3D web browser shows the future of the web

Tired of viewing boring flat web pages on a boring flat screen? Well, the future looks pretty sweet. Now you’ll be able to zoom around your web pages in pseudo 3d space as if you are superman flying around in a world of flat plastic billboards, stopping to peruse them from a funny angle.

This futuristic vision comes from an article about the SpaceTime browser, which even has screenshots of what the 3D plastic web pages look like.

It isn’t the first of April and this is a real, downloadable product, so maybe I’ll have to actually address some of the things wrong with this glowing newsvertisement and prediction of the future of the web.

It looks like there’s a lot of screen space dedicated to displaying empty space, a faded grey-black gradient in front of which the web pages you’re viewing ‘float’. Web designers are forever trying to fit more onto their pages, for better or for worse, and as monitor resolutions increase, web pages will try to fill them as much as possible. Browser designers think (and argue) long and hard about how they can improve screen space by removing unnecessary elements. That’s why the web page in Firefox goes all the way to the edge of the screen, the tab bar and scroll bar is hidden when not needed, and Internet Exploder 7 does away with the menu bar.

When I am browsing with multiple tabs, the tabs are lined up from left to right in a linear fashion along a bar. I don’t have to remember the vertical and horizontal position, depth and angle of each tab. In 3D if I move my viewing position, particularly angle, in the 3D space then I’ll be completely lost. This happens whenever I click on a different tab. More wasted space, too: each tab has its own fat title bar and close button.

Each floating ‘tab’, which is the wrong word to use in this 3D environment, is fairly small. A ‘zoom’ function enables you to make it bigger, but this just zooms into the same small window onto a web page; it doesn’t show more of a web page.

Am I expected to read any text on one of those ‘other’ tabs (or search results) which is floating away in the ‘distance’? It looks like they’re there just to remind you that you have other stuff open, which can be done a lot better if it is done sparingly and isn’t constantly distracting me from what I am doing on my chosen tab and taking away valuable screen space.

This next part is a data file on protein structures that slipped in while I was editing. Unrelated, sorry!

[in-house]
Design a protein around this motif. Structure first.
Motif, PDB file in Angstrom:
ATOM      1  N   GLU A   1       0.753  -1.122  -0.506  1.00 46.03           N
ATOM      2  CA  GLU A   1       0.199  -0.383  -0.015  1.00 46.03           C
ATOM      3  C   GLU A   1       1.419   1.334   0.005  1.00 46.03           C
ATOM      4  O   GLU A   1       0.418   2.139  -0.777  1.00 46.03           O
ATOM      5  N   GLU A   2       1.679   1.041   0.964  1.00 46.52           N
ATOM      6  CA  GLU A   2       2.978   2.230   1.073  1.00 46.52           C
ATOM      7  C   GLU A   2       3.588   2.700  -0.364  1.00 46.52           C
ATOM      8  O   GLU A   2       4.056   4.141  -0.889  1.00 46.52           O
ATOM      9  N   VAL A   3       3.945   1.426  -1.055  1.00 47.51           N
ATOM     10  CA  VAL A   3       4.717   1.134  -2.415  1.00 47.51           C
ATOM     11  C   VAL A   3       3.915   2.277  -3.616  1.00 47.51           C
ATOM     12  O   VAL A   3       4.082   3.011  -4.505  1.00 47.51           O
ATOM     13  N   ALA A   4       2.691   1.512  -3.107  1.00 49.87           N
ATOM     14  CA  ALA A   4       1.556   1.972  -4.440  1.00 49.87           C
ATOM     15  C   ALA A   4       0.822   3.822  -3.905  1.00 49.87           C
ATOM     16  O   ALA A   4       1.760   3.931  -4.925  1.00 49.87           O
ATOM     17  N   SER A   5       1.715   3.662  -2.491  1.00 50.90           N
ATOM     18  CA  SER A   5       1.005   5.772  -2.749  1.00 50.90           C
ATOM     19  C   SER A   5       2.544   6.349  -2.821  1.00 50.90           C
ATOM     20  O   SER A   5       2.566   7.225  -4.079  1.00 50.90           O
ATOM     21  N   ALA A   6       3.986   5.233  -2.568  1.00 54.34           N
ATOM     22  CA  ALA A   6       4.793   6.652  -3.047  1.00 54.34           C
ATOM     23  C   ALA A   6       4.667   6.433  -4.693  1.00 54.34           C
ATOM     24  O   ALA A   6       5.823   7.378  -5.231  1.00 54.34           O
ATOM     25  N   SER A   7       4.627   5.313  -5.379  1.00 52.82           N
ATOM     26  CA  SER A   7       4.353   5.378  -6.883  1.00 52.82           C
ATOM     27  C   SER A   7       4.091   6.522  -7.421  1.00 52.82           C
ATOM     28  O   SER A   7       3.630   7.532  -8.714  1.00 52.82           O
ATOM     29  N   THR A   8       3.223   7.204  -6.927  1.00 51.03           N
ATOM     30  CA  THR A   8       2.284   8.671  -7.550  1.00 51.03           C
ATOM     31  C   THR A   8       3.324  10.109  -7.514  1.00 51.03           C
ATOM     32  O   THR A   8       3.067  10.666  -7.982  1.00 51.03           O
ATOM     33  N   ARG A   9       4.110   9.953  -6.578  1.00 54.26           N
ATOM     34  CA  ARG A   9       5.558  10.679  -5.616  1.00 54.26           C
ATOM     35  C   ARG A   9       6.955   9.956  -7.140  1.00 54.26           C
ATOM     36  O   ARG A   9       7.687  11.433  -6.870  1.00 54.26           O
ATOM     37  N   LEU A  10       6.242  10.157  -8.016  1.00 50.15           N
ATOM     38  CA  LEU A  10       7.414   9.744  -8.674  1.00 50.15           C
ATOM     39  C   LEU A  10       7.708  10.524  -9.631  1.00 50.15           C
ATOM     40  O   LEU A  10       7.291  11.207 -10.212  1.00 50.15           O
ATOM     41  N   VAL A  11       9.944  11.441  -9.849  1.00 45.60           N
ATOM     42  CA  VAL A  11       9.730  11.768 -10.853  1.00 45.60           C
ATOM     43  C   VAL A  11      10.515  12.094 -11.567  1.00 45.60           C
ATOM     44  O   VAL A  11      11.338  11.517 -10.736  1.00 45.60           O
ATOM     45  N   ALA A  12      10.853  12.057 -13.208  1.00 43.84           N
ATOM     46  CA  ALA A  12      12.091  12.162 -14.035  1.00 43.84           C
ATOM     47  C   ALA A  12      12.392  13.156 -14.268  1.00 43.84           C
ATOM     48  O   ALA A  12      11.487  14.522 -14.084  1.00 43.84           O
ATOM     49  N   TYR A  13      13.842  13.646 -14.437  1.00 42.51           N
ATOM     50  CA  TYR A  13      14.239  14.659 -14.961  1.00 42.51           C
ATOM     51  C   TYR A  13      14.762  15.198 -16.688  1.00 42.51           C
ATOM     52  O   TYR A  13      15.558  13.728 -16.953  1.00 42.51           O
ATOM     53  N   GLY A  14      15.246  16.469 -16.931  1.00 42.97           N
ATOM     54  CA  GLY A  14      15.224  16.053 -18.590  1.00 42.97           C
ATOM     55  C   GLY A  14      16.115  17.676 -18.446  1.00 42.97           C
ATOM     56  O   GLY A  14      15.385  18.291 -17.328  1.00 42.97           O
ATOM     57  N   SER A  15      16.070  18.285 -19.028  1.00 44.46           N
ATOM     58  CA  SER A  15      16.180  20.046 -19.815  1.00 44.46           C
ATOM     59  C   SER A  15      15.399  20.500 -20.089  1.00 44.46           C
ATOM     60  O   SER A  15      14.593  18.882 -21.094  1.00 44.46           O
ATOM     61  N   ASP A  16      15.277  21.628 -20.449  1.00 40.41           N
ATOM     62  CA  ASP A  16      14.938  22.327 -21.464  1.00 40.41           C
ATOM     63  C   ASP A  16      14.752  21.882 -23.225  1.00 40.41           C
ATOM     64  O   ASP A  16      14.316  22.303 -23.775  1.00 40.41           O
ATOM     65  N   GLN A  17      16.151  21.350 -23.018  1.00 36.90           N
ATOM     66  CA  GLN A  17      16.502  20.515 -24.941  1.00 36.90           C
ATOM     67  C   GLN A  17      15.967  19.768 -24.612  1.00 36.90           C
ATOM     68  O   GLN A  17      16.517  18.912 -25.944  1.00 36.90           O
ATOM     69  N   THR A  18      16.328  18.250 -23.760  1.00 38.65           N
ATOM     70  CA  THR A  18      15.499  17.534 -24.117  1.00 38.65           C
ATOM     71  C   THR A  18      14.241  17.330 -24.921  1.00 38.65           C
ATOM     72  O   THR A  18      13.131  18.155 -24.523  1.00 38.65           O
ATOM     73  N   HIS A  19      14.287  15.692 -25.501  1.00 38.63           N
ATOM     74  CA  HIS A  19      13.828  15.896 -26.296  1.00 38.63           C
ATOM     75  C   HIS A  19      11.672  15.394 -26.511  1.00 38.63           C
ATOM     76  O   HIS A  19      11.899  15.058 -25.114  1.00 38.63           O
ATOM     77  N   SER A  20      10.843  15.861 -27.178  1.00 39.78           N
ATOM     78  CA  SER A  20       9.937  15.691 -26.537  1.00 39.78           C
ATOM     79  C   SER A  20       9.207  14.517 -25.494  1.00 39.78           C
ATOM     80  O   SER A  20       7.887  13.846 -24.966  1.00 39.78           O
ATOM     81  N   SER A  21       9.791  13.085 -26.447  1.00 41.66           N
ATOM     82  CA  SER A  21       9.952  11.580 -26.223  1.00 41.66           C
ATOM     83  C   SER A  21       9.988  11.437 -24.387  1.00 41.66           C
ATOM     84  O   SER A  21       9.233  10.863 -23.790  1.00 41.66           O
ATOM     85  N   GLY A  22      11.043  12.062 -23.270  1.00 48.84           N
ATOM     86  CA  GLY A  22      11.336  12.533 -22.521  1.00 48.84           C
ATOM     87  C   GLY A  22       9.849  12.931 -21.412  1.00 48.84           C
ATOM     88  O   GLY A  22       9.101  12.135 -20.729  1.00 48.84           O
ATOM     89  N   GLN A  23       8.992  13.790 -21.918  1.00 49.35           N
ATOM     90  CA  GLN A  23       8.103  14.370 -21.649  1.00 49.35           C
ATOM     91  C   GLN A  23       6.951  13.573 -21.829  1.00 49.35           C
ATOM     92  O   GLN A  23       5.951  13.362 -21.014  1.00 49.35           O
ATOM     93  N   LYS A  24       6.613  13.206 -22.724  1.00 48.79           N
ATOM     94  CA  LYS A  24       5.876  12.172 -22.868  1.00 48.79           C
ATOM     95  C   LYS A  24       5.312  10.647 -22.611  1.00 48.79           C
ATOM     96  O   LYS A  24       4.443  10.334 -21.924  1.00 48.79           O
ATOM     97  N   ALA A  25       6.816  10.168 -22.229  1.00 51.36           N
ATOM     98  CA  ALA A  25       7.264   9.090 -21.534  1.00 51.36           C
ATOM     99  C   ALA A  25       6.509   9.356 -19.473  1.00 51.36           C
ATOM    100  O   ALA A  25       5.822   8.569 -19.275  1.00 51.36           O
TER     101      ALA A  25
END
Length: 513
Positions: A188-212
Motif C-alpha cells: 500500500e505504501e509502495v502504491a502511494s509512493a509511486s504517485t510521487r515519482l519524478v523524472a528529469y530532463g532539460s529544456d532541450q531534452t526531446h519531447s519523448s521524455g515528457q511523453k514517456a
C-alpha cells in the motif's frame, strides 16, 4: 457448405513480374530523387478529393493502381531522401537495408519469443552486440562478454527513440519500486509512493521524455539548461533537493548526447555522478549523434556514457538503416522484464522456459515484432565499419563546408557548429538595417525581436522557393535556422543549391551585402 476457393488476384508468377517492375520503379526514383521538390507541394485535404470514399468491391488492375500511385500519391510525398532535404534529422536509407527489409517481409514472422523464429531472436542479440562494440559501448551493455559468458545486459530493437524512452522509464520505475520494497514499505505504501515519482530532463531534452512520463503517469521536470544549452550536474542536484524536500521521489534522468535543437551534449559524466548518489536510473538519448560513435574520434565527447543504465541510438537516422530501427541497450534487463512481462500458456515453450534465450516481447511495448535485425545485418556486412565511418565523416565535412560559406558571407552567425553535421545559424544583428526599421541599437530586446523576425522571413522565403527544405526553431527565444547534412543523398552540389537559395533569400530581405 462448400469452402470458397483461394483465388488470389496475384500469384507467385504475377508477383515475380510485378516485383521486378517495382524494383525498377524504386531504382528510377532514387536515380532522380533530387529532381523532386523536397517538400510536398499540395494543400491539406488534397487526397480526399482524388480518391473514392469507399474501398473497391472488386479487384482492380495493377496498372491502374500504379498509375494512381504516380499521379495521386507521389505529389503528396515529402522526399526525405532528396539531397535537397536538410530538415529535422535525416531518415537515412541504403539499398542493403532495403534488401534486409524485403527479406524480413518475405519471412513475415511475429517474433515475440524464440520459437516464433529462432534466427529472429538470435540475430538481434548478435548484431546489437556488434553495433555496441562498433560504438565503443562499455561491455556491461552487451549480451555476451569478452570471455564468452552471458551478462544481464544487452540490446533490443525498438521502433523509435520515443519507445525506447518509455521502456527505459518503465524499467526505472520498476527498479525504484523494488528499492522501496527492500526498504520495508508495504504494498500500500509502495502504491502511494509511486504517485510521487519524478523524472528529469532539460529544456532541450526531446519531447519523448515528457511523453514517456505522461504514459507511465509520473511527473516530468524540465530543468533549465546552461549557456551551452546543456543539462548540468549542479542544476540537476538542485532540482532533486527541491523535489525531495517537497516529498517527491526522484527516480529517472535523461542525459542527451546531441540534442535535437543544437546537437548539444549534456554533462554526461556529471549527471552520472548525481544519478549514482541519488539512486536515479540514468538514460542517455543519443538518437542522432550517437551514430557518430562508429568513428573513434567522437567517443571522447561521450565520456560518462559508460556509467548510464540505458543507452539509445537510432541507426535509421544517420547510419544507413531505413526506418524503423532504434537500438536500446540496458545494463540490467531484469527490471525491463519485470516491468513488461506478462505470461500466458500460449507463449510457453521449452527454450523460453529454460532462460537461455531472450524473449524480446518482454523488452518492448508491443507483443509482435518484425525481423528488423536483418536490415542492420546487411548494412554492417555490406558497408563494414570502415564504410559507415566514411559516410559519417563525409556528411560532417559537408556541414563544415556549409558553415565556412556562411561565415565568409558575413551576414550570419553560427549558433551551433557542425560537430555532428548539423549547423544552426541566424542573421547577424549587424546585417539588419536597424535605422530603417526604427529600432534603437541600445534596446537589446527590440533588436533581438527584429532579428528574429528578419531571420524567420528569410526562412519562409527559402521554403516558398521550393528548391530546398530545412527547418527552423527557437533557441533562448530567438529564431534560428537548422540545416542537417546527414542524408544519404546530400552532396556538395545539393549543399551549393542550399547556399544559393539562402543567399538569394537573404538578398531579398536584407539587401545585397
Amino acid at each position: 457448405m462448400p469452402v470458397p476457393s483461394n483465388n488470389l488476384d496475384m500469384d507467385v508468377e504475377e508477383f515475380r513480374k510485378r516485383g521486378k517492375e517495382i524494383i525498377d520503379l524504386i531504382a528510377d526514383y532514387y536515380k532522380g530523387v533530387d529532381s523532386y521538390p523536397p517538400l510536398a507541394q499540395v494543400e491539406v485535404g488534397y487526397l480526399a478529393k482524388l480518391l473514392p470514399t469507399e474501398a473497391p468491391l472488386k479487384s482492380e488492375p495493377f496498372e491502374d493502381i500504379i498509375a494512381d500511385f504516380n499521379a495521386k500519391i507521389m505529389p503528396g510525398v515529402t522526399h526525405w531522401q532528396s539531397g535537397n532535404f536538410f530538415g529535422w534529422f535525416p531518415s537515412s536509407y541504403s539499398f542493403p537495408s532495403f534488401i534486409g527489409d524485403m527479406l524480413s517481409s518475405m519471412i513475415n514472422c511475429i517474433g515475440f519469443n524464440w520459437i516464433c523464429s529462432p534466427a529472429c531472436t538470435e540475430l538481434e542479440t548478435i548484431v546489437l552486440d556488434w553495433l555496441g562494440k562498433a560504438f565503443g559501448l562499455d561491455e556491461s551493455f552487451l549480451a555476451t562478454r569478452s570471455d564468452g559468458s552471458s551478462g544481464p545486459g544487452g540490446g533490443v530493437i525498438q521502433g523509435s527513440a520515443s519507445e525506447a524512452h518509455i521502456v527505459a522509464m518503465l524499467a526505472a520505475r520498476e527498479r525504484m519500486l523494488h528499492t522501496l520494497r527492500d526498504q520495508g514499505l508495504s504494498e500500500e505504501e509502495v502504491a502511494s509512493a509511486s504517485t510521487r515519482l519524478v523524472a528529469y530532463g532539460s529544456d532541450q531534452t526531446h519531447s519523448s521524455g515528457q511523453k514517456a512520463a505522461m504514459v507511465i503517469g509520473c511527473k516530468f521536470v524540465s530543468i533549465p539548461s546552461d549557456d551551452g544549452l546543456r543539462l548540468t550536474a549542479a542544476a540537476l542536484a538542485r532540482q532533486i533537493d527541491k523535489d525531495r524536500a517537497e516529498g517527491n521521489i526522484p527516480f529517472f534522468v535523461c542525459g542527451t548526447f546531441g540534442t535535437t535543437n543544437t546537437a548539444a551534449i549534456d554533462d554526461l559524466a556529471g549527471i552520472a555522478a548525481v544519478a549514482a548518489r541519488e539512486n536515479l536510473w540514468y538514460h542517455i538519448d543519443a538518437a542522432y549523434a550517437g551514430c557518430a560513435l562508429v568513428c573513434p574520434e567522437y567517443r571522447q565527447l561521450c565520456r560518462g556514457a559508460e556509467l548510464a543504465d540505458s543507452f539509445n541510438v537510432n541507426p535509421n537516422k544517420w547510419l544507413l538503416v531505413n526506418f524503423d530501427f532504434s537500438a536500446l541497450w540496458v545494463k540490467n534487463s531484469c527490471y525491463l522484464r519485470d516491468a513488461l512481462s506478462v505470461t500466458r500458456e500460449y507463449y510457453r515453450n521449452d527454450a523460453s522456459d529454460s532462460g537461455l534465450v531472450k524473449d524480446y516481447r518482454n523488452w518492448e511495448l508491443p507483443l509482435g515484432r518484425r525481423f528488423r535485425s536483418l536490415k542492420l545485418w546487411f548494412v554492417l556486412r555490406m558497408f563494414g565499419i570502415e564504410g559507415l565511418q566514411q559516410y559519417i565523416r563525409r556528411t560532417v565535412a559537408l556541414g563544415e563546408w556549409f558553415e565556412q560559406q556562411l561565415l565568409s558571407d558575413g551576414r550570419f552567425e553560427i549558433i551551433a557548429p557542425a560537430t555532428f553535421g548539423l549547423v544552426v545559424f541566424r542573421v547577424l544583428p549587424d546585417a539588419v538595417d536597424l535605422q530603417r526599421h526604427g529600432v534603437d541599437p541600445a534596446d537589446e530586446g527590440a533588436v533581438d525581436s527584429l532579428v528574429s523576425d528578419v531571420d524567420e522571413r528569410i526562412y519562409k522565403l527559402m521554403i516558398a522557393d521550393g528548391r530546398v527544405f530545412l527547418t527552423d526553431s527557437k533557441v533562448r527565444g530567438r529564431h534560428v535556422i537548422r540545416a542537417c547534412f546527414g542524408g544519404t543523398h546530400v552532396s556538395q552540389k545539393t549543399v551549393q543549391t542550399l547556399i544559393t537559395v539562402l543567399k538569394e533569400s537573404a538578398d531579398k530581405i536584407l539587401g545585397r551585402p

Thankfully, I can ‘maximise’ a tab, and it will fill the screen like a normal web browser. For a little while. As soon as I go and open something in a new tab, or switch tabs, or go ‘back’, everything goes back into 3D view and my pages get really small and text becomes fuzzy and most of the screen is filled with blank space.

What is the point of using a 3D interface to display things which are inherently two-dimensional? It adds complexity to the simplicity and lets you get lost in a whole new dimension.

Why should a web browser include a ‘gravity’ toggle and buttons like ‘straighten up’, ‘fly’ and ‘reset scene’. Isn’t that just kind of insanely ridiculous? And what is the point of being able to ‘walk’ or ‘fly’ behind a web page? The back and sides of a web page are grey, by the way.  Maybe HTML will evolve so that someday we can put stuff on the back of a web page.  Not.

History is always repeating and people are always going to claim something is new when it isn’t. For decades people have envisioned future user interfaces as being inherently three-dimensional, but shown on two-dimensional media such as computer screens or big glass displays. It’s reflected in futuristic movies and TV shows too. It’s become such a trite view of the future that I have seen it used to comic effect, and to pretend that this prediction of future web browsing interfaces is in any way new and innovative is laughable.

It isn’t a 3D web browser. A 3D web browser would browse a 3D web, but the web is only 2D. It’s browsing a 2D web and hanging the two-dimensional web pages in a 3D space. At best that’s 2.5D. VRML was a 3D web and an alternative to the text and 2D graphics based HTML, but it is all but unused now. It didn’t turn out to be a handy way of representing things on the web. Now some people are claiming that Second Life is the future of the web, but it isn’t really going to take over from the web and isn’t intended to. It is an interesting virtual world to walk around in and interact with people, but what if you just want to look something up? I use the web so I don’t have to walk around looking for stuff in buildings or worry about the clothes I’m wearing.